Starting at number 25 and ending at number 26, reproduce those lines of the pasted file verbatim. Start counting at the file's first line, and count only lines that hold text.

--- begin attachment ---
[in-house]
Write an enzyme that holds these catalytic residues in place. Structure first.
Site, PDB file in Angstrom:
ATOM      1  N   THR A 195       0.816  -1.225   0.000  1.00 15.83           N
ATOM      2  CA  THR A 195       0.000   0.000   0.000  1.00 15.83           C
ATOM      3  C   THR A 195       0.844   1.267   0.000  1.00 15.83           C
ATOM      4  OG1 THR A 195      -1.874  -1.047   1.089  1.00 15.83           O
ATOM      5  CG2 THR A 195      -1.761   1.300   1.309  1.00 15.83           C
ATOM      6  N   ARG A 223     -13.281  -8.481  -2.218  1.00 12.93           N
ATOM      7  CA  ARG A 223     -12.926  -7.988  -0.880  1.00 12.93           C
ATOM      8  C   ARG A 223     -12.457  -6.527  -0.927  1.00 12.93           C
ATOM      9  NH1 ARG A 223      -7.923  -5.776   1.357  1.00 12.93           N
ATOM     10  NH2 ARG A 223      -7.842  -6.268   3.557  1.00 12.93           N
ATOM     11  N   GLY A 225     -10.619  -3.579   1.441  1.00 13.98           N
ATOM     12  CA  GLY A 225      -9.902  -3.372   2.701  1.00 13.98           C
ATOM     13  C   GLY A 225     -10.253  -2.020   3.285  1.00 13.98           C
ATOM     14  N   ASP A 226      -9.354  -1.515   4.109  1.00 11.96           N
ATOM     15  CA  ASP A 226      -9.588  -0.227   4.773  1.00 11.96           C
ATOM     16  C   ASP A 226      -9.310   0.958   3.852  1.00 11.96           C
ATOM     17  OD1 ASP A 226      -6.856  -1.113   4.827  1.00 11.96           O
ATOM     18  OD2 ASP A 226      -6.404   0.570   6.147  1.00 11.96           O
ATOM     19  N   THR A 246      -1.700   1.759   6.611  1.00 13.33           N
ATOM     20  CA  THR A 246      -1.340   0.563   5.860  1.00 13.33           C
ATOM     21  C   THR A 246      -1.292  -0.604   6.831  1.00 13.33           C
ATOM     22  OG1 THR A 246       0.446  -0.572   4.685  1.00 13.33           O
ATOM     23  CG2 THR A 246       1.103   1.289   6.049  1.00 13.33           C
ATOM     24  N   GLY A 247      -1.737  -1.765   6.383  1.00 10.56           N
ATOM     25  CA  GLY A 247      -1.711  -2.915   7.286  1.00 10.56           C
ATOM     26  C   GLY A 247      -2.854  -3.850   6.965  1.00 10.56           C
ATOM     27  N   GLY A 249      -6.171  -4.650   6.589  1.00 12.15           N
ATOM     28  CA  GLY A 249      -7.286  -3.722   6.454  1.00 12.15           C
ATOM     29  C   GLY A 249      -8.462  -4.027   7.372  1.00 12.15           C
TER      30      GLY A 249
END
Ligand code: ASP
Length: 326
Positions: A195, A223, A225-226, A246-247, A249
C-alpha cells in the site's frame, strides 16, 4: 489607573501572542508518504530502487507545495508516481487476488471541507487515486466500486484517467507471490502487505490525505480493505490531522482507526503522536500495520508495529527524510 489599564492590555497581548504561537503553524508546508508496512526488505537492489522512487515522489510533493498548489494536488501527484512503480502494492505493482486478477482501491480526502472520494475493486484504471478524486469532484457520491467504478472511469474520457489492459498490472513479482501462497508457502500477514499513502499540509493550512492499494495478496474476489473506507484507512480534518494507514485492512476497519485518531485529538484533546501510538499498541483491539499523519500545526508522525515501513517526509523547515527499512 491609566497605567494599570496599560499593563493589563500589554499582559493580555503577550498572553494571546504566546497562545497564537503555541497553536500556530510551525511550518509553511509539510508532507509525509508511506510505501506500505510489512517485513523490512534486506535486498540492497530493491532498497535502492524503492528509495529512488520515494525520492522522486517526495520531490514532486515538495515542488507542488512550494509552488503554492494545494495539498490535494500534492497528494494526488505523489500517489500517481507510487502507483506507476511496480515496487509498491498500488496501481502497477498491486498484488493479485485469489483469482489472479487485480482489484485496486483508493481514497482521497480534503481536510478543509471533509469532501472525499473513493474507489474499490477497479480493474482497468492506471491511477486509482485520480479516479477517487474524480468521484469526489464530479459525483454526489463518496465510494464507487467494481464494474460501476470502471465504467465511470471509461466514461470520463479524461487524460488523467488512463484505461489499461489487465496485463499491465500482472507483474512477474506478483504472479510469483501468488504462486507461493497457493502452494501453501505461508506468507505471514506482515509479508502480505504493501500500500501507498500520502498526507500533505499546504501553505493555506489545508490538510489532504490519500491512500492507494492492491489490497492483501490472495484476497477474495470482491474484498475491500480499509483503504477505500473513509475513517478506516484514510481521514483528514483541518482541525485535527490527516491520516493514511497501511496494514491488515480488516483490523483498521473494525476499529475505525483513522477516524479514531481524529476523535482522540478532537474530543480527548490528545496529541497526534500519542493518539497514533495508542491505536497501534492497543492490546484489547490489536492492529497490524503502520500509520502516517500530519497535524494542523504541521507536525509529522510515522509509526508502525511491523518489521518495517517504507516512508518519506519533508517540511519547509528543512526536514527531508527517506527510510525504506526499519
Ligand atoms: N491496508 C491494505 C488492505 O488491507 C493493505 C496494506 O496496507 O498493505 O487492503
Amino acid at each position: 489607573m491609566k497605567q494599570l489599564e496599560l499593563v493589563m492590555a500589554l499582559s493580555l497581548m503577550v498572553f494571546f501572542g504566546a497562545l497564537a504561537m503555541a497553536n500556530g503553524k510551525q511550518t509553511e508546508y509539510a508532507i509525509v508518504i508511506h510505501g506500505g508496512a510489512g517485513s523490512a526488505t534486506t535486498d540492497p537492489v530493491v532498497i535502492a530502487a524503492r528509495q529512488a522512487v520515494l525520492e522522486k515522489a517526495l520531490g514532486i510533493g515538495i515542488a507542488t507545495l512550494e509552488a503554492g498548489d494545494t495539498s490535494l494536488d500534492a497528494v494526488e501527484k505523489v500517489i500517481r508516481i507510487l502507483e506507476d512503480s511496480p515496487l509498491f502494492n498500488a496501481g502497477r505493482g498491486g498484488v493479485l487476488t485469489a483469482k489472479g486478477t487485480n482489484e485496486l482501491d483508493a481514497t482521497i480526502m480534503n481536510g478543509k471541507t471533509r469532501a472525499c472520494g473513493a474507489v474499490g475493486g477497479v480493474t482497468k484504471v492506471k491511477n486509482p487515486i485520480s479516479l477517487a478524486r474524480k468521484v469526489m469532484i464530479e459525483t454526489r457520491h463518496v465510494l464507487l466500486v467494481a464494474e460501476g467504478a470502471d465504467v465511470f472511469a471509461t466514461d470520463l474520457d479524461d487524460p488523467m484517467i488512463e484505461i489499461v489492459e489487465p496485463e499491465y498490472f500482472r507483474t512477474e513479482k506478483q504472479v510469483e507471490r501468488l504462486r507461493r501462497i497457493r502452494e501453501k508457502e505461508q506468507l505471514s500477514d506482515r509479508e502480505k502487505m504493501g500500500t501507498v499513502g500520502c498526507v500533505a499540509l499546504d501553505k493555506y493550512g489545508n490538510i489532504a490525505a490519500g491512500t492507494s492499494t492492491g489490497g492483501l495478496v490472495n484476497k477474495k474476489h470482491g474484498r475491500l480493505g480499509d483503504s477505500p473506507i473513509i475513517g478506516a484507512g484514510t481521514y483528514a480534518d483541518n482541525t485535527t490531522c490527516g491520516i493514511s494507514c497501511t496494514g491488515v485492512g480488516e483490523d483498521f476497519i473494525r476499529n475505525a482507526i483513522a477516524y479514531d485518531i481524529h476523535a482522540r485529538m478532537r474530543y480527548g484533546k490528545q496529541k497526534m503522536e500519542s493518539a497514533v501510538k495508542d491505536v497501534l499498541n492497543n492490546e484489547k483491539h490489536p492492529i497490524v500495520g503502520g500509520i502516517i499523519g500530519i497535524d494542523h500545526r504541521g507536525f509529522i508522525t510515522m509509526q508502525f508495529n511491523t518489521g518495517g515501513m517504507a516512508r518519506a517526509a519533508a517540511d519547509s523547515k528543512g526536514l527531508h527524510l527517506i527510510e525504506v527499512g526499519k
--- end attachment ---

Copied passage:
ATOM     22  OG1 THR A 246       0.446  -0.572   4.685  1.00 13.33           O
ATOM     23  CG2 THR A 246       1.103   1.289   6.049  1.00 13.33           C